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UNION CITY; TENN, FRIDAY, JUNE 25, 1909.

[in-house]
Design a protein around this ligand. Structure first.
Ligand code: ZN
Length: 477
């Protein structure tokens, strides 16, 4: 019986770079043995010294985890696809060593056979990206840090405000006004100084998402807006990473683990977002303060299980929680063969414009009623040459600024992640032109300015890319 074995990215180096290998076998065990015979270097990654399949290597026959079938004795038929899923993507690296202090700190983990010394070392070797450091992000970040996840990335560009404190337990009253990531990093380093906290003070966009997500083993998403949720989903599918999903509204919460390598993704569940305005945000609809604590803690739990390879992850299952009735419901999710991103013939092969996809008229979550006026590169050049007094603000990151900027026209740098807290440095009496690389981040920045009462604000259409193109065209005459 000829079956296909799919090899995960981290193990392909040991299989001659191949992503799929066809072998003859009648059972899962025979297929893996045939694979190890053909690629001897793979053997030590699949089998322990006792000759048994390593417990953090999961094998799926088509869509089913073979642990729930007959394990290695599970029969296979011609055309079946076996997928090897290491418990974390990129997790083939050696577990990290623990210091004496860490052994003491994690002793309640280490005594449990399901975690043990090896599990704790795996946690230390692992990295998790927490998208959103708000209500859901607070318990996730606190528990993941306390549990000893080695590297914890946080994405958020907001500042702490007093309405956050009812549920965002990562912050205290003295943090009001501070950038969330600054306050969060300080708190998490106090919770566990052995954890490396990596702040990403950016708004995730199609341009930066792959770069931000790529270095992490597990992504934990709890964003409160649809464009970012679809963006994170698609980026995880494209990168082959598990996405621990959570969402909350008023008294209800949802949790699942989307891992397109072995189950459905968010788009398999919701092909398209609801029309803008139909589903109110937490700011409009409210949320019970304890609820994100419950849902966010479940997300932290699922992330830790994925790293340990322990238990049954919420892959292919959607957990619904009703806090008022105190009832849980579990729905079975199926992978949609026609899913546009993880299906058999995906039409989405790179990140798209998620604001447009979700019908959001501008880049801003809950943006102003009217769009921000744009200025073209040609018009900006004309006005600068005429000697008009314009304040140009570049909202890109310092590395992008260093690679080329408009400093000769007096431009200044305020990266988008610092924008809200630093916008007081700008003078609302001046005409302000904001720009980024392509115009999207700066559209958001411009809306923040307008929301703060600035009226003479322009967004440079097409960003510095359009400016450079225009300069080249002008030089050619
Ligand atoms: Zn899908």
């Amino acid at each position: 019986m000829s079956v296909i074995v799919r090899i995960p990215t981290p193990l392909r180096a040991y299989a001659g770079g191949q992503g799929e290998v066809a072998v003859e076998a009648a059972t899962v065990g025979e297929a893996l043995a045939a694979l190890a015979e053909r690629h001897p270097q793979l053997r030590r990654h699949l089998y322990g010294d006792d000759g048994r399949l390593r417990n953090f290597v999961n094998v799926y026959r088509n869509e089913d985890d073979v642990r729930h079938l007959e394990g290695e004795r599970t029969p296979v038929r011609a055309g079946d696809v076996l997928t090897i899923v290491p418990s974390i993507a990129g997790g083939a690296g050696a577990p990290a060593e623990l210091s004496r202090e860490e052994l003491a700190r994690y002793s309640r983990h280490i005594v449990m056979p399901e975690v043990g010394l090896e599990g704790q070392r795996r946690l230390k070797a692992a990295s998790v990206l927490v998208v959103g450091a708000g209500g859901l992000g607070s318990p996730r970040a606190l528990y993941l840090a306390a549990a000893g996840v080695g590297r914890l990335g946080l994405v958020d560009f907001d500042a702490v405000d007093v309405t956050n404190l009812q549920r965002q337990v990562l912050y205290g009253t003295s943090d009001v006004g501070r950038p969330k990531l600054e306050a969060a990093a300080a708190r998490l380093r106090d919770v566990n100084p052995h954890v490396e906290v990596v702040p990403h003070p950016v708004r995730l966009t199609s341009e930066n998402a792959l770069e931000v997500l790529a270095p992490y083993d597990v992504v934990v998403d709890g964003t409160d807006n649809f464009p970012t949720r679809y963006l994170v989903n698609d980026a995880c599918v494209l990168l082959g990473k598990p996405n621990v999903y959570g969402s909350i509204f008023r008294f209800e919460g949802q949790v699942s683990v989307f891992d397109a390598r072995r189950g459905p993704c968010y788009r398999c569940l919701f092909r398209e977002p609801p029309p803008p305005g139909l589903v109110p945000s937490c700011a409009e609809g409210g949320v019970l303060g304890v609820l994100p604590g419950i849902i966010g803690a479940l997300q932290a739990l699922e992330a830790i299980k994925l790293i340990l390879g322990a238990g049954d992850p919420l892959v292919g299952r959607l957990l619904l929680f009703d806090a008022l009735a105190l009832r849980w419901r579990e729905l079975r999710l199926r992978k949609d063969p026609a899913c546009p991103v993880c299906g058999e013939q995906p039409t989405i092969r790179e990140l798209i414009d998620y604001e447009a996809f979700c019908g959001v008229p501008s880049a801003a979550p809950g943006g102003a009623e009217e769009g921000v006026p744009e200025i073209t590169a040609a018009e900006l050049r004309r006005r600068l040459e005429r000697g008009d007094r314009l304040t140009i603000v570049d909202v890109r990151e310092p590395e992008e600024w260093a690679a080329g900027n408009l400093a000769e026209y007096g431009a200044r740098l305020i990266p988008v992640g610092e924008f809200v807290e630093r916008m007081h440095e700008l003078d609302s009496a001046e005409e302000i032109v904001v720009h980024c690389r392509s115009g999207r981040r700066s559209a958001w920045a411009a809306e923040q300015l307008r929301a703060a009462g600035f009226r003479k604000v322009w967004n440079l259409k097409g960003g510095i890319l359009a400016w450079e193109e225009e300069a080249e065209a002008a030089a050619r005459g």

VOL. 18, NO. 14 Union City Cqmmercial, rtnbjtxjie jfW j ColMoMlnud September 1, 1897 West Tennessee Courier, esUibbhlit'l i ) .. ; i i -- Telephone 223 Jno. T. Walker President H. Dietzei,, Vice President" THE TliD NATIONAL BANK Union City This Bank was organized, succeeding the Commercial Bank, to meet a growing demand from the public for greater security and more conservative methods in banking. The management will bestow unusual care in always being able and ready to loan reasonable sums at uniform rates to its patrons; and each one of its' sixty local stockholders are individually and collectively an abiding assurance that courtesy and conservatism will be its f undamental guide of conduct. Cash Capital and Surplus. L: 2.. i $80,000.00 Stockholders Liability (and every dollar good). 60.000.00 Security for Depositors. JS- - $140,000.00 GROWING DAILY I PROSPEROUS CONSERVATIVE Accounts Solicited from $1.00 Up That Cool Place where they all go in Summer Ice Cream Sodas and Sherbets. Go where they all go and get the best. Our Motto QUALITY Our Motto Quick service and we never fail to please. Give us a trial. NO CHANGE IN BUSINESS. The business heretofore conducted by W. S. Jackson will continue without change under the firm name W. S. JACKSON & SON with W. E. Jackson as manager, to handle everything in " the line of GROCERIES, PROVISIONS, FARMING IMPLEMENTS, FARM WAGONS BUGGIES, ETC., ETC. ? South Side Telephone 24 Union City Walters' Cafe Strictly CASH after February 1. Get the pay-cash habit, and not have the collectors to worry you. " - W. E. WALTERS. Phone 49 Opposite Union Depot. GEORGE B. WILLIS, Manager VEST TENNESSEE MONUMENT CO. DEALERS IN American and Foreign Marble and Granite Monuments Get our prices on all kinds of Cemetery Goods, Curbing, ,.-". Building Stone, &c. All work finished lr JTrst-class style. West of Semones fcSons Foundry. HARRISON'S SARS APARI LLA SOLD ONLY BY THE NAIILING DfSUG COMPANY D. N. Walker, Casnier Hunter Ei,am, Ass't Cash'r Tennessee Phone 109. tff V UNION CITY TENN. 7f OLLETTE VS. ALDRiCH. BY SAVOYARD. Reproduced from the Nashville Ban ner. Washington, D. C, June 19. Never was Ed. Carmaek so missed by real Democrats as now. What a reinforce ment he would be to them in this tariff debate in the United States Senate! This is general remark at this Capitol, where ho niado a name unsurpassed for elo quence in delivery andv power in argu ment. What a thorn he would be in the side of the Lodge, and what a with ering .sarcasm he would have for the protection of Democrats, who have re jected an opportunity as propitious as that which came to the old party after the passage of the McKinley tariff of 1890. The cotton schedule has been before the Senate for some days, and it was the work of Republicans Nelson, Dol liver and LaFollette that has laid bare the infamies of a taxation of 52.32 per cent, on an article of universal con sumption. Indeed 90 per cent, of the items of the bill enjoy an absolutely prohibitive tariff, and the other 10 per cent, will be further protected in the bill they are hatching. Just think of it our cotton manufacturers annually turn out a product over $1,000,000,000 in value, "and the imported stuff is worth only a beggarly $00,000,000. That is not protection; that is a prohibi tion that amounts to an ab.-l.lute mo nopoly. No wonder New Enjand cot ton mills declare dividends of 60 per cent. In this connection, everyone should read Gore's reply to Lodge. There is not a man wearing a "biled shirt" in the United States, or a wo man with a pair of cotton stockings on her shanks, who was not forced to pay exorbitant prices for them "to pro tect" the cotton spinners of New Eng land, who discharged their American labor for French Canadians, and then discharged the Candians for Greeks, if opportunity came; they would dis charge the Greeks for Japs, and later, the Japs for Chinese, and that, too, when more than 90 per cent, of their present labor is machinery steam or electric that is as much of a pauper in this country as it is in Europe, or in Asia. When Aldrich championed the McKinley bill, nineteen years ago, he found in John G. Carlisle a formidable adversary, who opposed the textile schedules of that monstrous measure, and on the debate of the Dingley bill, another Kentucky Senator, William Lindsay, grappled with him in a dis cussion of the double and cumulative taxes levied. Carlisle and Linsay both utterly overthrew their adversary, but they did it like lawyers in the court room. Every word was dignity in carnate, and there was no excitement. Nelson, Dolliver, LaFollette and Gore proceed in a different way. There is a sting in their arguments that tortures the too powerful Senator from Rhode Island, and in all his long service in this Capitol ho was never initiated, or initiable, until now, and ho has got it mighty bad. Why did he not bring in a report with his bill? There is but one answer. There are things in it he does not in tend the Senate shajl understand. Never were two statesmen better fashioned to plague each other than Nelson W. Aid rich and Robert M. LaFollette. They have one attribute in common and de gree sufficient to make the fortune of a soldier on the field of battle tenacity of purpose. LaFollette looks on Aid rich as a monstrosity of depraved gov ernment. Aldrich looks on LaFollette as the quintessence of nuisauce in de bate. The Rhode Island man never speaks until he is forced to it to save his bacon. The Wisconsin man is never so happy as when on his legs ex pounding "reform." Aldrich is an aristocrat and believes it is best for the poor as well as for the rich for men of intellect and men of property to con duct the Government. LaFollette is a democrat (that is, with a little d) who has persuaded himself that wisdom and virtue emanate from the cottage, while ignorance and vice issue out of the mansion. In its last analysis, Al dricti would establish the rule of an oligarchy, like that of the Colanna, while LaFollette would bring the mob to au thority to make Government for all of us, the mob preferred in the spoil of office. A plague of both of them. The true path is between the two that blazed by Thomas Jefferson and trod by J. Til den and Grover Cleveland a repre sentative Republic, partly National and partly Federal vide Ben Hill. I shall never forgot the first time I saw LaFollette. It was the first session of the Forty-ninth Congress, and I was in the House press gallery, of which I was then a recorded manlier, and a tariff debate was in progress. Perhaps it was the last of the Morrison bills un der discussion. Near the north door of the chamber, where messengers from President and Senate came in, a not at all tall, and a rather slender and youth ful looking man rose on the Republican side, and began a terriffic assault on "Democratic free trade." He had a tre mendous volume of lung, and I looked round to see where all that compass of voice came from. It was in the days when fools thought that Great Britain was sending over here ship loads of gold to buy our elections for the Demo cratic party. I turned to Cicero Harris and asked. "Who is that fellow?" He answered. "That is LaFollette of Wisconsin; old Bill Morrison calls him 'little folly. Yet there was an energy, if not a force, rather a sincerity, if not a sagacity, about the man that stamped his per sonality on my memory, so to speak, and I have not lost sight of him from then toll now. lie is become a robust and rotund man in figure, though not tall. His voice has less volume, and his fluency is markedly decreased. He is one of these here vegetarians eats neither fish, flesh nor fowl though he only got that craze when he got his crazy politics some fifteen years ago. No wonder he can't make a three hours' speech without fainting. When old Everlasting" Allen made that fifteen-hour speech; "hand-runnin," in the Senate in 1S'.I3, in the hot month of August, he had at least three pounds of first-class roast beer under his belt and "trimmings" to ballast it. The McKinley tariff, of which LaFol lette was one of the architects, and which he supported in fervid period in the Fifty-first Congress, cost the man his seat. A Democrat beat him in 1890, and as LaFollette went out of Congress William J. Bryan came into Congress. The then future Peerless One" was as fervid for low tariff as the defeated protectionist was for the dogma of trade slavery, and little did I then think that Bryan would ever con sent to rub the word "only" out of a Democratic platform, or that LaFol lotte would ever clash with Aldrich on the tariff. Yet both events have come to pass. And I have also lived to see protection features of a Republican tariff saved by Democratic votes from States that honored Tucker, Toombs, Yancy, Jefferson Davis I have quit calling him "Jeff" for obvious and ample reason Wigfall, Beck, Benja min some others. I would here interpolate that splendid sonnet of John James Ingalls, his trib ute to the opportunity: "Master of human destinies am I! Fame, love and fortune on my footsteps wait. Cities nnd fields I walk. I penetrate Deserts and seas remote, and passing by Hovel and mart nnd palace, soon or late 1 knock unbidden once at every gate! If sleeping, wake; if feasting, rise before turn away. It is the hour of fate. And they who follow me reach every state Mortals desire, mid conquer every foe Save Death; but those who doubt or hesitute. Condemned to failure, penury and woe, Seek me in vain, nnd uselessly implore, 1 answer not, and I return no more." It knocked at the door of the Demo cratic party, this faithful opportunity, the day the present session of Congress began. The old party was fast asleep or riotously feasting and did not wake or rise. What would it do with victory if had it? Would it put it in the garret with the plunder? Perhaps! Would it bury it in the cellar with the debris? Doubtless! One thing is evident, and that is this the Democracy that saved the South the period of 1S05-75 has got to fight for its head in that section now, and it is not curious coincidence that the Re publican party of the East will have to fight for the West. , Ring down the curtain. , The old play is over. The next act i3 what the Democratic party will do for tariff for revenue only. - . PIANO CONTEST REPORTS. Young Ladies Busy and Returns To-Morrow Will be Large. The contestants in the popular girl piano contest have been telephoning us from various sections of the county and city and the prospects are that some good reports will be made to-morrow. Now is the finest opportunity in the world for recruits who wish to enter this contest. Remember that it is not by any means too late to begin. Although a number are enlisted the progress made already has not been very great, and the probabilities are that it is anybody's race. Get in and forward your name and application for blanks and instructions, if you have not done so. Don't wait for someone to nominate you. Volunteer and make your own effort. We would be glad if others in the city would take an interest in the contest. Young girls can enter if they are old enough to be allowed to canvass for subscribers. Remember the grand prize is a piano, and a fine instrument. Miss Thompson and Miss Milner, Elbridge and Number Seven, re spectively, won prizes last week. The young ladies, both of them, are very much interested. There are other including Misses Ora Pace, Lula Lee and Myrtle Howard, who were very little behind. They are all in the con test to win. In the city the girls an srettins busy. Several have called us and asked about it, and we therefore print the rules again as follows: 1. Any girl or young lady, residing in Obion County, is eligible to enter. 2. No relative or employee of the management will be permitted to enter the contest. 3. Every dollar collected for new subscription entitles the holder to 500 votes. 4. Every dollar collected for renewal or back subscription entitles the holder to 400 votes. 5. All moneys collected must be brought or sent to this office and ballots will be issued to the required amount. Send at once for subscription blanks and orders with instructions how to pro ceed. We repeat the proposition again as follows: The circulation department of The Commercial is conducting the biggest contest that Obion . County has ever had. Arrangements have been made to give away absolutely free to popular girls in Union City and Obion County two magnificent pianos, valued at $400.00 respectively The two girls who secure the largest number of votes during the next two w three months will get the pianos. One will go to a girl in Union City and the other will go to a girl outside of Union City. How many votes any girl gets depends upon her efforts and the number of friends she has, and whether or not they stand by her. The Spelling and the Name. "Young Jack Randle" went to Congress from a Virginia district about the time that Patrick Henry died. His name survives in history as John Randolph, of Roanoke,, one of the eccentric characters in American poli tics. Slaves to spelling, we of this day and generation speak his name as we see it in print, though his contempo raries called him Randle. Probably all the Randies and Randalls we have around now were originally Saxon Randolphs who have made the spelling fit the name rather than keep the name in the straitjacket of the old gut tural spelling. William Biddulph, the Quaker, came over witn unam i'enn ana necame the proprietor of many thousands' of acres in .West Jersey. Being a plain spoken man he changed the spelling of his name to Biddle, because it had been pronounced that way in England no body knows how long. He was the greatgrandfather of Nicholas Biddle, blown up in ,'ilie .command ,of the Telephone 223 American ship Randolph during the Revolutionary War in a night fight with a British boat of heavier broad side. Of more direct local interest is the fact that ho was, also, the great-grand-father of Major Thomas Biddle, of St. Louis, who was killed in a duel with Spencer Pettis on Bloody Island. It was in memory of this early citizen St. Louis named one of its streets. In England the name is still spelled Bid dulph, though for centuries it has been pronounced as it is spelled in America. The English language abounds in similar revolts against the spelling of proper names. The plebean "Snooks" is only a contraction of the more pretentious "Seven Oaks." Out of the French "Beauchamp" the English tongue will not try to make anything but 'Bechum." Toss out of the dic tionary a long-winded name like "Woodnesborough" and it will be batted from the tongue as "Winsbro." "Marylebone" in print becomes in the spoken word "Marrowbone," because it's easier. "Chumley" is short meter for "Cholinondeley. " "Guuth waite" looks well in print, but it is easier to call it "Gun fit" for short, and this is the custom. Everybody except the initiated calls the former President and the famous lion hunter "Roose velt," but by his own accout the name is "Rose-a-felt." And so it goes through a long list of names and of words. Nearly every body who doesn't call it "auto" or "machine" calls it "auto-nio-beel" because it is spelled that way, but the dictionary says it ought to be called "auto-mo-ble. " The spoken word preceded the written and spelling is but a clumsy attempt to reproduce tho sound. The tendency of all language is, niorever, toward simplicity. The vocables . rebel against jaw-breaking pronunciations, and a name which at first is pronounced as spelled is at last shortened into something else though the spelling survives. This process follows almost, inevitably in the case of foreign names, the mean ing of which is not commonly under stood. The name of one of the Sen ators from Florida is James P. Talia ferro, but he might not know whom you were speaking to if you addressed him by the name as it looks in print. It is Italian for "iron cutter," but found its way into Virginia so long ago that the spelling is the only thing Italian left about the family which bears it. So if you wish to catch the ear of the Senator from Florida call him Toliver. The French colonist of old Kaskas kia had the witty imprudence to give the nickname "Vide Poche" (Empty Pocket) to that suburb of St. Louis which was officially designated Caron delet. This was an intimation that the1 pioneer settlers there were chronically dead broke. There are many St. Louisans of middle age who remember that the imputation was lifted from tho villiago by calling it "Wheatbush," which was as close as they trid to get to the French of it. Bob Ruley's Bot tom along the Mississippi River in Southwest Missouri was called by the French settlers of Ste. Genevieve Bois Brule Bottom because of a notable forest fire which denuded it; but who shall say that the American name is not good enough. . . The wood of a certain Texas tree, which the Indians used to go hundreds of miles to get for their bows, loses none of its tough springness because tho American pioneers couldn't catch on to tiie French "bois d'arc" and called it "bodock." The natives of a neighbor ing State have the best historical au thority for calling it "Arkansaw" or "Arkansa," for the present spelling is the best the French explorers could do in the effort to put the Indian pro nunciation on paper. But antiquarian search has failed to find a reason why there should be in England and Virginia a name spelled "Enroughty" and pro nounced "Darby." St.. Louis Re public. . , A X- Vv ... V